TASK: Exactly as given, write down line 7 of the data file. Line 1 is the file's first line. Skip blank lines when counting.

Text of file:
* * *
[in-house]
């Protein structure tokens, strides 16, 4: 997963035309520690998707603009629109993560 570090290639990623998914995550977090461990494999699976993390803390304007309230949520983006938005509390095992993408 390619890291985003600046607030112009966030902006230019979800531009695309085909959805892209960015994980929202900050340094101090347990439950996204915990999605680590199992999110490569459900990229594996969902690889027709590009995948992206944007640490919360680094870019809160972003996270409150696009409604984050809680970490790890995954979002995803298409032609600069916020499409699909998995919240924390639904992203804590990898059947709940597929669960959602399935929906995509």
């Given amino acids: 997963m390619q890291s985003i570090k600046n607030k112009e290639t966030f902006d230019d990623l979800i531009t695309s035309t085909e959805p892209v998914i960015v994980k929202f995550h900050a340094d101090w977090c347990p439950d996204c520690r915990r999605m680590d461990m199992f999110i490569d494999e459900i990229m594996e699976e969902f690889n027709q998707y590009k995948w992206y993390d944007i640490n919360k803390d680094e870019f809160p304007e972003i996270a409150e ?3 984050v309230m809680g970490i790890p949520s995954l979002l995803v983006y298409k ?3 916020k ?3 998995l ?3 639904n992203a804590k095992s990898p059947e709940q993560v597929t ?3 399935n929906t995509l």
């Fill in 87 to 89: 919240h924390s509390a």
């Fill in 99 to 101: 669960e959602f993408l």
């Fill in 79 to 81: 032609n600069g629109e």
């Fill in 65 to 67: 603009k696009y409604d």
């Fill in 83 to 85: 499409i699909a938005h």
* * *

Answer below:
């Fill in 65 to 67: 603009k696009y409604d």